Independent evaluation confirms EU action plan on illegal logging has led to improved governance

Updated: May 31

An independent evaluation report, published today, confirms that the EU Forest Law Enforcement, Governance and Trade Action Plan (FLEGT) is a relevant and innovative response to the challenge of illegal logging and has improved forest governance in all targeted countries[1].

The report concludes that the EU FLEGT Action Plan has been effective in terms of raising awareness of the problem of illegal logging, contributing to improved forest governance globally and particularly in partner producer countries, and has contributed to a reduced demand for illegal timber in the EU.

EU Commissioner for International Development Neven Mimica said: “The new evidence shows that FLEGT remains an innovative, comprehensive and future-proof initiative, with the power to inspire a global movement to eradicate illegal logging. Improving forest governance can bring major economic, social and environmental benefits. A long-term commitment is needed to tackle the complex issues that enable illegal logging to still persist, and to achieve sustainable forest management in line with Sustainable Development Goal 15.”

The experts conclude that the FLEGT Action Plan remains “fully relevant” but needs to address new challenges - in particular with regard to deforestation and forest conversion -and focus more on international coalitions and partnerships to bring an end to illegal logging. It also identifies areas for improvement including that delivery to producing countries be more demand-driven and flexible, while bottlenecks affecting VPAs should be addressed and the private sector more involved. It recommends implementation in a more balanced manner and that strategic direction, management and monitoring of outcome also need strengthening. The Commission will take account of these suggestions in order to update its approach to FLEGT and enhance its effectiveness and impact in the future.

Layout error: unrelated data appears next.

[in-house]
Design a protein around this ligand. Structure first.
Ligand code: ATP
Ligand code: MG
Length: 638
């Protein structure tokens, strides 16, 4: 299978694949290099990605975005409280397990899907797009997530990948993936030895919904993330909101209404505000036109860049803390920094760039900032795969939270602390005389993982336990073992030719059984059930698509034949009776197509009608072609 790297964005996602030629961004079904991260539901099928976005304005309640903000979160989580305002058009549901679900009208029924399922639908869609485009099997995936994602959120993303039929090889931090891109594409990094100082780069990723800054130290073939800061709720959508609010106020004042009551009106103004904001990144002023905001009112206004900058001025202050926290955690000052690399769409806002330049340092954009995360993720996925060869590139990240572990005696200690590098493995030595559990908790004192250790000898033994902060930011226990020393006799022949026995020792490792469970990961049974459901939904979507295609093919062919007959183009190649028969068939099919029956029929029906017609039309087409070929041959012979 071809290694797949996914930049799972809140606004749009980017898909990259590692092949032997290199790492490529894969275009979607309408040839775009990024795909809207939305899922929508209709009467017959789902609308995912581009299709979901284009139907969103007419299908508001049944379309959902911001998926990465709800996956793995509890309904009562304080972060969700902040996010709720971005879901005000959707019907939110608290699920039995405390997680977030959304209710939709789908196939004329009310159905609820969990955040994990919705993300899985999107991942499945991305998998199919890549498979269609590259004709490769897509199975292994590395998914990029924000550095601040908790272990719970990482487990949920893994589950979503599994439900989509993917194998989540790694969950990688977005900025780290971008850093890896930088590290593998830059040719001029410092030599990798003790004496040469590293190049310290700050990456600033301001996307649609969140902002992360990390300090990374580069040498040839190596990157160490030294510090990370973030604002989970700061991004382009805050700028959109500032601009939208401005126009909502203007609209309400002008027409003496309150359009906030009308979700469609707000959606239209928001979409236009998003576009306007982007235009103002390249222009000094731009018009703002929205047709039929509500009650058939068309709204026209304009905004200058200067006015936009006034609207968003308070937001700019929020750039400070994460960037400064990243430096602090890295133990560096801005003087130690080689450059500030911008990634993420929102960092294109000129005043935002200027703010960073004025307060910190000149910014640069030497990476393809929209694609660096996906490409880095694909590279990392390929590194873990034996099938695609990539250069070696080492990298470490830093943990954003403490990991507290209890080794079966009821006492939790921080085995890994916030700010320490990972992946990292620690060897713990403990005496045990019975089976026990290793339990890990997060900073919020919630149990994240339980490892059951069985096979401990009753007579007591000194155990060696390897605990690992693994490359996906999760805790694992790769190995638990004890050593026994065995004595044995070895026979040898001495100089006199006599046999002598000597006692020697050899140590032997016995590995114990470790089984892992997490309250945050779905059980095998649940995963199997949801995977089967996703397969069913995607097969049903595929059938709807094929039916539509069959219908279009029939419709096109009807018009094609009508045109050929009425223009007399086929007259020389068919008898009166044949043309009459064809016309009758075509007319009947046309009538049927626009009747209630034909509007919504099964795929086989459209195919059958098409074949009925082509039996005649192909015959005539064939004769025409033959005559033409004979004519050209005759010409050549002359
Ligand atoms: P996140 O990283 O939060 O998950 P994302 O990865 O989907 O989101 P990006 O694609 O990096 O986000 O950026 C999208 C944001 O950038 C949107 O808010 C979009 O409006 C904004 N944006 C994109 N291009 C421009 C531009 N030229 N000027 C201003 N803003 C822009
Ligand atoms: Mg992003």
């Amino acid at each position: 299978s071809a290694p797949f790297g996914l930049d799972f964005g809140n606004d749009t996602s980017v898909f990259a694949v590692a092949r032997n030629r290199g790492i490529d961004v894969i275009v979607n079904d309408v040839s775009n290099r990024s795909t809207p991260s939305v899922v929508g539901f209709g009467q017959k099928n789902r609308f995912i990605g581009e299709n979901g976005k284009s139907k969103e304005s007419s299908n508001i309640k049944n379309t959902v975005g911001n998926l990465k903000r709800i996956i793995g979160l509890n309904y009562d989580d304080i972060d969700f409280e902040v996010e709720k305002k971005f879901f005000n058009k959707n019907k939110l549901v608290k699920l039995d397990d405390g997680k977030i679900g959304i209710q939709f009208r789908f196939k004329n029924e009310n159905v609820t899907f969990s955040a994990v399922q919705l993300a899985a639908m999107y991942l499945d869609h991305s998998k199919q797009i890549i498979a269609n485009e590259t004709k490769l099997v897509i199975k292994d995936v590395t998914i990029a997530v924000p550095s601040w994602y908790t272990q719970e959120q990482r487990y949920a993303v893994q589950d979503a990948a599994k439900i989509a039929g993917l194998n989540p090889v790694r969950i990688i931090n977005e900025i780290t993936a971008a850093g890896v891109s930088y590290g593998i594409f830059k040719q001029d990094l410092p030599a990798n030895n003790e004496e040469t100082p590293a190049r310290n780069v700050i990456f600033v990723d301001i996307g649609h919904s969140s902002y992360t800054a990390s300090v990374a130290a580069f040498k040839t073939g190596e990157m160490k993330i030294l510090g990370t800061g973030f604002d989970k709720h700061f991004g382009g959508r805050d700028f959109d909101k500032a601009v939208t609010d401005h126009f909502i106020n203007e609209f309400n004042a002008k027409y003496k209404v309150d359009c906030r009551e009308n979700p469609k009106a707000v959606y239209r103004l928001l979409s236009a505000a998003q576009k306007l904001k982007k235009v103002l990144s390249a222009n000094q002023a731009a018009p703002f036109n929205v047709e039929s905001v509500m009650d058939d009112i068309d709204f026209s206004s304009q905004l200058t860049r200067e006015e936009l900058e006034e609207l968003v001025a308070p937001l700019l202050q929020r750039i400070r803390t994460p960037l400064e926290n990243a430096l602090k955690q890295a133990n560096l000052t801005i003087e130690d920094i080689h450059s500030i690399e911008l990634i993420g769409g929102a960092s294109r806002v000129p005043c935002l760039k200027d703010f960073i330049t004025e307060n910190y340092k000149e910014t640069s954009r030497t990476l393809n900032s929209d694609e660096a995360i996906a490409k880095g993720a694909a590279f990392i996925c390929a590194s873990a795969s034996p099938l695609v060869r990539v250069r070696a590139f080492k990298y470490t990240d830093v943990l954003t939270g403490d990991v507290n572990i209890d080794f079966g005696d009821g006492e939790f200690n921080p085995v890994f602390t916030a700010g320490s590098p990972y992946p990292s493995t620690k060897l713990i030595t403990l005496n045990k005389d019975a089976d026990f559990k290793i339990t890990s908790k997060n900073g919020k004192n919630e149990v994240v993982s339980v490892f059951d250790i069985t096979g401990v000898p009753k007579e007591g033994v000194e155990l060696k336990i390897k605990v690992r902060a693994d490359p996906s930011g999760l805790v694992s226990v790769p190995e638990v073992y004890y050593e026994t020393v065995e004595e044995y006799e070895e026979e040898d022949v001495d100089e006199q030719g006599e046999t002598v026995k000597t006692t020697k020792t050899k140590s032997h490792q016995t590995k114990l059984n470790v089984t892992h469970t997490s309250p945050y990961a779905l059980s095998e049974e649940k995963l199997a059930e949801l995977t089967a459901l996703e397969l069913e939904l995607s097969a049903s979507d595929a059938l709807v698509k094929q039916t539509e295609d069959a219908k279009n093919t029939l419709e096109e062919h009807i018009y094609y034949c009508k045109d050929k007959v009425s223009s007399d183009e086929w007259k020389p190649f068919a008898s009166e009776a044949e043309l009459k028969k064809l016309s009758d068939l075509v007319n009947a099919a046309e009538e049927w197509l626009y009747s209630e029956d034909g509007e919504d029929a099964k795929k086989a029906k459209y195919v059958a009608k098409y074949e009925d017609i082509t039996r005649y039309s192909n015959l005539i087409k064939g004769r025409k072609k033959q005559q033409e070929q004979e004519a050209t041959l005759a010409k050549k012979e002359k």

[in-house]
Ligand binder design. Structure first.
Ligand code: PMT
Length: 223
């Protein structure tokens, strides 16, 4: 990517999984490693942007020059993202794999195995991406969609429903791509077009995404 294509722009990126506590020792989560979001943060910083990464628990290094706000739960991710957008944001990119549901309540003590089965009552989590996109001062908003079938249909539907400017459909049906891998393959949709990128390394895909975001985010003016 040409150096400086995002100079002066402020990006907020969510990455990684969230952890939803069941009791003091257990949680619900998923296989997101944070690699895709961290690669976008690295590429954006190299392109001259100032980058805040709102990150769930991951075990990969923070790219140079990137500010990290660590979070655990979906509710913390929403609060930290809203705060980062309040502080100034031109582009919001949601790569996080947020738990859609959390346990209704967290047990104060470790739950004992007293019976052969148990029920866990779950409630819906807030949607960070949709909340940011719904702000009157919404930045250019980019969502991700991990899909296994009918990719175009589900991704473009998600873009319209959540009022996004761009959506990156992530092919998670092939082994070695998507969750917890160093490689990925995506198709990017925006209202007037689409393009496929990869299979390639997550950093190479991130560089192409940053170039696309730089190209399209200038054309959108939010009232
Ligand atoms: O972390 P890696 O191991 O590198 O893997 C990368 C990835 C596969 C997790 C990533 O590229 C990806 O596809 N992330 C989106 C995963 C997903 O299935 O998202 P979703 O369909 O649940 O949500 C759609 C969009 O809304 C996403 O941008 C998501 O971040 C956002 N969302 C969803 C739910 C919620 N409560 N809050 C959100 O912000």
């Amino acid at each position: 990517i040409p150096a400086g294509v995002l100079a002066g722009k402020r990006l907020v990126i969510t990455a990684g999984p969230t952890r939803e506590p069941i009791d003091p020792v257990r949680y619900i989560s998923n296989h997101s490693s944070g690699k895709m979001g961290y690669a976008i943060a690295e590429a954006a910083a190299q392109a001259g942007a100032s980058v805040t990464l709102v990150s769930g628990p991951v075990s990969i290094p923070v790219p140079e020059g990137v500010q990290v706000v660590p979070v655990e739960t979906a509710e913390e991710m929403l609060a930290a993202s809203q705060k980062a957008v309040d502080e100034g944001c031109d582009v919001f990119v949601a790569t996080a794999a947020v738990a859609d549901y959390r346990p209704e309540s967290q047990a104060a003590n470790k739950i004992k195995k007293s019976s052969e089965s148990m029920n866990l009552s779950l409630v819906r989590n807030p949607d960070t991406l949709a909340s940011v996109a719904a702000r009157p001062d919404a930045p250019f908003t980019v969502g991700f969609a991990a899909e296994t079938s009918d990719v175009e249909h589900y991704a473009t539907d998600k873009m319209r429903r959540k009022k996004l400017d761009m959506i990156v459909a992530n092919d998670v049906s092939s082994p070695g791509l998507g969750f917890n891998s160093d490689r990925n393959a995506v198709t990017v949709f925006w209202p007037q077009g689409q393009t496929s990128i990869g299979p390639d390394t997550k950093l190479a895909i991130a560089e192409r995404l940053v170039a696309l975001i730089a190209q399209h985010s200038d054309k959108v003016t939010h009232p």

The report’s findings and recommendations will guide the European Commission (EC) in improving the efficiency, effectiveness and value-for-money of work undertaken to further implement the EU FLEGT Action Plan. The report will also guide the EC in assessing policies to address the broader drivers of deforestation, and in linking action under FLEGT to the international climate change and Sustainable Development Goals agendas.

Last month, the EU and Indonesia announced their readiness to start the first ever FLEGT licensing system, and as soon as the procedure on the EU side is completed, the first shipments of FLEGT-licensed timber will take place.

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